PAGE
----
Picking who is right in political disputes is often hard, but this one is different.
Queensland Premier Campbell Newman was clearly wrong in stating that the federal environment minister, Tony Burke, is standing in the way of project approvals in Queensland.
In early June the premier attacked Burke as a “rogue minister” for not agreeing to approve Gina Rinehart’s Alpha Coal Mine within 30 days under federal environmental law after the Queensland Coordinator-General delivered a report recommending approval of the mine.
Minister Burke has now approved the mine, prompting the war of words to flare up again.
The mine requires approval under both federal environmental law and Queensland mining and environmental legislation. The Coordinator-General is a powerful bureaucrat appointed under Queensland legislation to facilitate large-scale developments in the state.
He has a role in both state and federal approval processes because of a bilateral agreement under federal environmental law but his report was merely one step along the way for the assessment at both levels.
As was pointed out at the time, the premier’s attack was misconceived because approval of the mine under Queensland law still has 12-18 months to run, so the minister’s approval could not legitimately be said to be holding the mine up.
The premier said at a doorstop interview yesterday that there were other projects the minister was “sitting on” and that he should “get out of the way”.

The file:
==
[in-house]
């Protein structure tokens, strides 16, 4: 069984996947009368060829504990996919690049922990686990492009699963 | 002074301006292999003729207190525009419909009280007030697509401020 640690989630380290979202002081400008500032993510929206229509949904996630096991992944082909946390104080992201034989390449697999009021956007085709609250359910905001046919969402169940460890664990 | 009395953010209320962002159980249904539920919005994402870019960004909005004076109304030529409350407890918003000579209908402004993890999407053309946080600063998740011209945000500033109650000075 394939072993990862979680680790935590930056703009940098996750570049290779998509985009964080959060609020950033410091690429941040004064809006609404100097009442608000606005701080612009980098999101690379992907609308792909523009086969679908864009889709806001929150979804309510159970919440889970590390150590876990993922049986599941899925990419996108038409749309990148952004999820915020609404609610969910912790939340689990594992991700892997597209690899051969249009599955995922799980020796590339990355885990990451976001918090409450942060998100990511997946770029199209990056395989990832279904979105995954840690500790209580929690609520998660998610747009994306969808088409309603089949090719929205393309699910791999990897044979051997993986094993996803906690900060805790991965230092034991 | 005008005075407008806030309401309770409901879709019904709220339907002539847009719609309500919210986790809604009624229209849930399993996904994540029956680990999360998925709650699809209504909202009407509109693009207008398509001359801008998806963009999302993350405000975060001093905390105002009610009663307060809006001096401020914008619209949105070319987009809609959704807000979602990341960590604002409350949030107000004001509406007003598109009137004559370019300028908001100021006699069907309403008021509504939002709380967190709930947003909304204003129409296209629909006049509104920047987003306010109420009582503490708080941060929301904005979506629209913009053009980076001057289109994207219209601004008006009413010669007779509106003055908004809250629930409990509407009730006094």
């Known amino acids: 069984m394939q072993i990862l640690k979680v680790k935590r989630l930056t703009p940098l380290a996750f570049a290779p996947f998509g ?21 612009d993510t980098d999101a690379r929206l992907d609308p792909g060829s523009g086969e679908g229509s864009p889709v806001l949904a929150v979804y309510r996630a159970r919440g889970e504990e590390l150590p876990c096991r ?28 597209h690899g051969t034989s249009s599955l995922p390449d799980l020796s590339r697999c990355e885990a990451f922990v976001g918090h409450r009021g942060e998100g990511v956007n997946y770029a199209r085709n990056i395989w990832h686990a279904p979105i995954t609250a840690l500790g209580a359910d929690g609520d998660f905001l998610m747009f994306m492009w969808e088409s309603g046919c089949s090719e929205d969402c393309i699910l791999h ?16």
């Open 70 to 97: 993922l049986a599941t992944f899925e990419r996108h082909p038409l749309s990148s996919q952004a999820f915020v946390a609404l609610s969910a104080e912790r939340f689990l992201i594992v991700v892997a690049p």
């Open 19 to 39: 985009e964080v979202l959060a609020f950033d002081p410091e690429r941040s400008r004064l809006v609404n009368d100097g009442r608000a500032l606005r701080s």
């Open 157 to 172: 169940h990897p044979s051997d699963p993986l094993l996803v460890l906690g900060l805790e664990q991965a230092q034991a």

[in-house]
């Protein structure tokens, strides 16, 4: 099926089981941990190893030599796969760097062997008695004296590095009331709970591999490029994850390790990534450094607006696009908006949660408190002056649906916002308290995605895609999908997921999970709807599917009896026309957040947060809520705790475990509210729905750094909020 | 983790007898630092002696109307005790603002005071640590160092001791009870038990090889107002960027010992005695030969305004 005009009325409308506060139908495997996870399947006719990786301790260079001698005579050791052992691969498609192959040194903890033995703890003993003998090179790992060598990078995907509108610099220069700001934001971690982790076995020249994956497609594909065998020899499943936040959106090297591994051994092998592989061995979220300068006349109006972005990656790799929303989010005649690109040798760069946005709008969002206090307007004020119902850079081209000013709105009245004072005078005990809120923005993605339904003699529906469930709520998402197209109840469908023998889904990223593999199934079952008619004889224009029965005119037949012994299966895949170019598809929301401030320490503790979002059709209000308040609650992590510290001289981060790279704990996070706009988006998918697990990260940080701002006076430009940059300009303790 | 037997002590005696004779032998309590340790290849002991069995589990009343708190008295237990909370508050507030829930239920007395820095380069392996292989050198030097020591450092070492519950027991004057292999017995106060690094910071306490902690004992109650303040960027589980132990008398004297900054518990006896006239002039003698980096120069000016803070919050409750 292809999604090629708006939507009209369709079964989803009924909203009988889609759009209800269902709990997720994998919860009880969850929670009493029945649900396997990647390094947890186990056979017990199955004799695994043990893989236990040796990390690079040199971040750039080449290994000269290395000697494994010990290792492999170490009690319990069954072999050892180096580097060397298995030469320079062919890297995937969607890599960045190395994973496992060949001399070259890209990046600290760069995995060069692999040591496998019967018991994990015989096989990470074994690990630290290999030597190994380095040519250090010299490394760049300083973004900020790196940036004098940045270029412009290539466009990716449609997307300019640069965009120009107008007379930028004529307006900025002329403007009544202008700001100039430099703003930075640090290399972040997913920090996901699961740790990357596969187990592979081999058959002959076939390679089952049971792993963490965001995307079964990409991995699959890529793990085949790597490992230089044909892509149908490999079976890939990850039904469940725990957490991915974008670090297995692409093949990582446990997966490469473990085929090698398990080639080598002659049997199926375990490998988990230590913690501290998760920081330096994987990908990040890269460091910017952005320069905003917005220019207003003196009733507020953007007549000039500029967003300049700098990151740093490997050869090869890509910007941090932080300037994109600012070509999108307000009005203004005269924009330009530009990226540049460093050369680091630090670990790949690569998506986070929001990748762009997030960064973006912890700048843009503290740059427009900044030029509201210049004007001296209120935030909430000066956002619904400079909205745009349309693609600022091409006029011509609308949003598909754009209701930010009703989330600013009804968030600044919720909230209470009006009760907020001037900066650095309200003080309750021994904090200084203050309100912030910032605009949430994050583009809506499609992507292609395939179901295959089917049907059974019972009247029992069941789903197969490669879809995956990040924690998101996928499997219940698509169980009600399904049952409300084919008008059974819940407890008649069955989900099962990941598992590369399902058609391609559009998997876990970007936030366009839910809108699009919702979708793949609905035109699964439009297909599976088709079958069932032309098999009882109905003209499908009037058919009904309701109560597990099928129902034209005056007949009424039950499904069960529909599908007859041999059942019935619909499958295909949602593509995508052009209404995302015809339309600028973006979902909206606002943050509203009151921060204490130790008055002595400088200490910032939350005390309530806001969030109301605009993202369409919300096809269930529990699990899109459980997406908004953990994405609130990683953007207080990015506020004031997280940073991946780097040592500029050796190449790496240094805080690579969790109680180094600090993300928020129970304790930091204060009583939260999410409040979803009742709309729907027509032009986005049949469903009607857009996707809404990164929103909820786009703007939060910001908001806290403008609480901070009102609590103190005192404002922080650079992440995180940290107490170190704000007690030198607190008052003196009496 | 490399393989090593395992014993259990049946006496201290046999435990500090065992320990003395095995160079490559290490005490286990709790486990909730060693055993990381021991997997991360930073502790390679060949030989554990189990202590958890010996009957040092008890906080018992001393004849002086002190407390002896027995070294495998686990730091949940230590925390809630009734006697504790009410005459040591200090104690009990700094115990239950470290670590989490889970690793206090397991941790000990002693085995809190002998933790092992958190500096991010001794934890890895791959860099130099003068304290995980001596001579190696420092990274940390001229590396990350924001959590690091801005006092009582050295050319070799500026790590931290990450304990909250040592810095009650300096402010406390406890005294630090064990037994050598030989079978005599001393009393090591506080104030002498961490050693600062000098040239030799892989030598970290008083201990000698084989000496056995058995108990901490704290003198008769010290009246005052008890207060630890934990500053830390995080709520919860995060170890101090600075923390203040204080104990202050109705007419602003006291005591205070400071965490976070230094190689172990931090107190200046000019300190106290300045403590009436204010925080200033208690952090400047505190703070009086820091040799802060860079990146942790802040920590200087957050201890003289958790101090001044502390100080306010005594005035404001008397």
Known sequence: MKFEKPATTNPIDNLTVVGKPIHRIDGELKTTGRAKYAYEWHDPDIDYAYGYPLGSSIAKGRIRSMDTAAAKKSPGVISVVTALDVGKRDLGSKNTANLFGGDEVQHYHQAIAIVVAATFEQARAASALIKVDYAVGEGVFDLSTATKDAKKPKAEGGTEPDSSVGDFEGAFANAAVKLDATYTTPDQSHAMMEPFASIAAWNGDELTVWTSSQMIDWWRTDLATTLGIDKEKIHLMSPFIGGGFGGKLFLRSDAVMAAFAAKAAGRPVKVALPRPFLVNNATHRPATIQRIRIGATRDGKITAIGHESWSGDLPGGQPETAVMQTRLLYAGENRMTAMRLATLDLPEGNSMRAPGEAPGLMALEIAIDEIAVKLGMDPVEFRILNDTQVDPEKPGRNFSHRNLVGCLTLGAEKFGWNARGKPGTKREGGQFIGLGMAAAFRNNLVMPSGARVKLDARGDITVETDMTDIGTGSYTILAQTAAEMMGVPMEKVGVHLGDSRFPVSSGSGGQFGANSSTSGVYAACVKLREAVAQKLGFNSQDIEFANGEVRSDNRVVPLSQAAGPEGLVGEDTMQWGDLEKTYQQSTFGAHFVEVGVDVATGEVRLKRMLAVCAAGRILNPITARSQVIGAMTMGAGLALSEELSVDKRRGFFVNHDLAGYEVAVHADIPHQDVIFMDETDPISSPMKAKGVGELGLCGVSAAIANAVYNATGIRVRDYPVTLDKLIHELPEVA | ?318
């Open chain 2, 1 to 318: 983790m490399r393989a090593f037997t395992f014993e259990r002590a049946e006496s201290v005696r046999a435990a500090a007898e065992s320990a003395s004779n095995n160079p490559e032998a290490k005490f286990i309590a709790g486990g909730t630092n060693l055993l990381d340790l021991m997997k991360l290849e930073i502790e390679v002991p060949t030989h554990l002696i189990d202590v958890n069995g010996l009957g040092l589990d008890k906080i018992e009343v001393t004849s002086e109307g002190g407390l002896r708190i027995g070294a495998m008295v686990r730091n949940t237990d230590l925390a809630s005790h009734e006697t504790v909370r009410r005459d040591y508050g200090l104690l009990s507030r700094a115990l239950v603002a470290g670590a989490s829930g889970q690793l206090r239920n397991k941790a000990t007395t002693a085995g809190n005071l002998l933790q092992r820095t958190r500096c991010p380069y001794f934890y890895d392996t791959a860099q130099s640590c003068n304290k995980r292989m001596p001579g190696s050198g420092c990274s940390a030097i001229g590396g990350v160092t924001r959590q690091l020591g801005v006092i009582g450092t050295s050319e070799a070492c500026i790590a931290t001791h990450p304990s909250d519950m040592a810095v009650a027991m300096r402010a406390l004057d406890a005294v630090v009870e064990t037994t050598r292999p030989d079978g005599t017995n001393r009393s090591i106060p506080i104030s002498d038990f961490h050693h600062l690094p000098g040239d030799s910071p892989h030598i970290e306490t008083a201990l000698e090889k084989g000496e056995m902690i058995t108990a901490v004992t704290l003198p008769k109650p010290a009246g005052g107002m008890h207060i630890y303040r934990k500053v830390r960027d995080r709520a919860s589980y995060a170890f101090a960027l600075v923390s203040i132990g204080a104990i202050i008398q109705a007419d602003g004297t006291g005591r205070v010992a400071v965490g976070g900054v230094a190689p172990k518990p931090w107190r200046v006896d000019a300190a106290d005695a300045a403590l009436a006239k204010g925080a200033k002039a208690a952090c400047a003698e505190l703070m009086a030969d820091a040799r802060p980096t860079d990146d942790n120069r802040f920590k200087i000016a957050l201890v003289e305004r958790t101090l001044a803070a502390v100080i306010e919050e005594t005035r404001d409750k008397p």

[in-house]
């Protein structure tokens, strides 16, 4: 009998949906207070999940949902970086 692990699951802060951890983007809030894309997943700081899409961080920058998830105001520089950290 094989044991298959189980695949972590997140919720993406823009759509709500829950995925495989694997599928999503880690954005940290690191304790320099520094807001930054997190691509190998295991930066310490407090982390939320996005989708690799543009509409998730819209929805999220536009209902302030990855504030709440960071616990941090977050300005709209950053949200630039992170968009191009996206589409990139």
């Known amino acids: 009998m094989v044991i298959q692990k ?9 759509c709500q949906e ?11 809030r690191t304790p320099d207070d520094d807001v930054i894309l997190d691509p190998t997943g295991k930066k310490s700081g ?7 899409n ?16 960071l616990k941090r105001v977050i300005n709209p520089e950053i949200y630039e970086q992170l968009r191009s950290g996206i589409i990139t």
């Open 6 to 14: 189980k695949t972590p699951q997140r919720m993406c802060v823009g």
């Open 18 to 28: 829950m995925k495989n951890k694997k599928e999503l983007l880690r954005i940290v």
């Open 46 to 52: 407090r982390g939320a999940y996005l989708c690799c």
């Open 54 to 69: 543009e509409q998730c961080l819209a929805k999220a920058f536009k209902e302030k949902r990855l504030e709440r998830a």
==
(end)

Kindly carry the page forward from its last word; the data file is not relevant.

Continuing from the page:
The minister called the premier’s bluff in an open letter in response after having checked with his department on which projects are awaiting approval where the companies have completed their assessments and the next step falls to him. His department advised that there were no such projects.
The project at the centre of the dispute, the Alpha Coal Mine, remains a perfect example of how wrong-headed the premier’s position is. It has now been approved under federal environmental law but approval under Queensland law is still likely to be 12-18 months away.
This means that the premier’s position is wrong and that federal environmental approval has not stood in the way of the project’s approval.
Will the mine proceed?
Whether the mine will be approved under Queensland laws is still uncertain although the political impetus to approve it is obvious. The mine is controversial and still has to be publicly advertised for objections from farmers and others who are concerned about its impacts. Those objections will be heard by the Queensland Land Court and a final decision lies with the Queensland Minister for Mines and Queensland Minister for the Environment.
Whether the mine will actually proceed is even less certain.
BHP Billiton’s chief executive Marius Kloppers said last week, in the context of his company’s decision to shelve its existing Olympic Dam plans:
“… What I am seeing on the Eastern Seaboard in Australia is that the coal industry has been very heavily impacted by lower prices, higher operating costs, carbon taxes and increased royalties.
As a result, my take is that a very substantial chunk of the energy coal production and a sizeable proportion of the metallurgical coal production is non-cash generative at today’s cost structures and prices.”
The coal from the Alpha Coal Mine is relatively low-grade thermal coal used in power stations for energy production, which is much less valuable than metallurgical coal used in steel production.
The Alpha Coal Mine is also located a long way from the coast and requires a very substantial investment in a rail-line to connect the mine to a port, so BHP Billiton’s decision to shelve Olympic Dam bodes ill.
So, while the mine has now been approved at a federal level, the Queensland approval processes still have a long way to run and the mine may well be shelved before the state-level approvals are granted.
Dr Chris McGrath is a lawyer who teaches environmental regulation at The University of Queensland and environmental litigation at The Australian National University.